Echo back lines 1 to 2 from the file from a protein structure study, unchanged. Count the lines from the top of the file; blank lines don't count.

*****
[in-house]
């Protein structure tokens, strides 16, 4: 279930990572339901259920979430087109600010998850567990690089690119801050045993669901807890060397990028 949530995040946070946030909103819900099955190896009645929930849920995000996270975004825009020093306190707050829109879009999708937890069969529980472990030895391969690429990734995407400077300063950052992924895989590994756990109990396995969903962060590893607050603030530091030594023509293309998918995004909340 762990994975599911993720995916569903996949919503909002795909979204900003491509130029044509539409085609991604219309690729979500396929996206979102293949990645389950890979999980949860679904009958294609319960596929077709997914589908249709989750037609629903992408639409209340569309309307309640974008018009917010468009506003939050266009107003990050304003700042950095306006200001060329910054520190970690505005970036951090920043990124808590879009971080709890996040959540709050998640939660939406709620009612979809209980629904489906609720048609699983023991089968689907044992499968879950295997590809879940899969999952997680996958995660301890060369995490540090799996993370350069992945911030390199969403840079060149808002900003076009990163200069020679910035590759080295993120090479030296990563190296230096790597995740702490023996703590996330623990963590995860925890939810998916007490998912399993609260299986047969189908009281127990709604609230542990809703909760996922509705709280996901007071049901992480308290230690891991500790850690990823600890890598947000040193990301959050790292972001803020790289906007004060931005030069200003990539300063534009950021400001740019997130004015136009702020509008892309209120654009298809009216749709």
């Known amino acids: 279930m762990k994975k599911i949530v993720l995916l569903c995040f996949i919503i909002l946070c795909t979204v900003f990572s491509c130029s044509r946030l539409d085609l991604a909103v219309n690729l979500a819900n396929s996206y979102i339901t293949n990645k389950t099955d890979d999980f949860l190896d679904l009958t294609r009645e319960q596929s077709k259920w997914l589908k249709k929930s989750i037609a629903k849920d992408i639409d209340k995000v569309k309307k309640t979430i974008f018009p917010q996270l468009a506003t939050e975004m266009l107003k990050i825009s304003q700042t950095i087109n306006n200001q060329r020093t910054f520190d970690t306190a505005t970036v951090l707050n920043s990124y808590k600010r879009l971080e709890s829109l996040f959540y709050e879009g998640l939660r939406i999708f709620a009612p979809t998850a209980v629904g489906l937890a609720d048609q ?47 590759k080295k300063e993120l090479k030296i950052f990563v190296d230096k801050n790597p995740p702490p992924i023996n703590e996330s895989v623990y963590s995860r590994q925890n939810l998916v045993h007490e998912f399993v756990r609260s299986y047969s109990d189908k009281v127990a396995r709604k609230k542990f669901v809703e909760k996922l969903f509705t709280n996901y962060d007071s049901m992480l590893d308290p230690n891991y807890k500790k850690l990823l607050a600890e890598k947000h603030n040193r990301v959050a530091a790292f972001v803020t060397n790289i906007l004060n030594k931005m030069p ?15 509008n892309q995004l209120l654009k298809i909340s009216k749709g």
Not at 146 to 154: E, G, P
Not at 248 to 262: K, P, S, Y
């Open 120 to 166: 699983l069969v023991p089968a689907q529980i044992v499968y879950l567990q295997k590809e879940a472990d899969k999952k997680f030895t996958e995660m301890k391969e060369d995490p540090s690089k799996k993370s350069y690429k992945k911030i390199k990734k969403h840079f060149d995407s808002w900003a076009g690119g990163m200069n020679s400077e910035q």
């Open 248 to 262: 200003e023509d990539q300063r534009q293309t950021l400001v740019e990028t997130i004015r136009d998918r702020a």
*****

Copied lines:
[in-house]
């Protein structure tokens, strides 16, 4: 279930990572339901259920979430087109600010998850567990690089690119801050045993669901807890060397990028 949530995040946070946030909103819900099955190896009645929930849920995000996270975004825009020093306190707050829109879009999708937890069969529980472990030895391969690429990734995407400077300063950052992924895989590994756990109990396995969903962060590893607050603030530091030594023509293309998918995004909340 762990994975599911993720995916569903996949919503909002795909979204900003491509130029044509539409085609991604219309690729979500396929996206979102293949990645389950890979999980949860679904009958294609319960596929077709997914589908249709989750037609629903992408639409209340569309309307309640974008018009917010468009506003939050266009107003990050304003700042950095306006200001060329910054520190970690505005970036951090920043990124808590879009971080709890996040959540709050998640939660939406709620009612979809209980629904489906609720048609699983023991089968689907044992499968879950295997590809879940899969999952997680996958995660301890060369995490540090799996993370350069992945911030390199969403840079060149808002900003076009990163200069020679910035590759080295993120090479030296990563190296230096790597995740702490023996703590996330623990963590995860925890939810998916007490998912399993609260299986047969189908009281127990709604609230542990809703909760996922509705709280996901007071049901992480308290230690891991500790850690990823600890890598947000040193990301959050790292972001803020790289906007004060931005030069200003990539300063534009950021400001740019997130004015136009702020509008892309209120654009298809009216749709």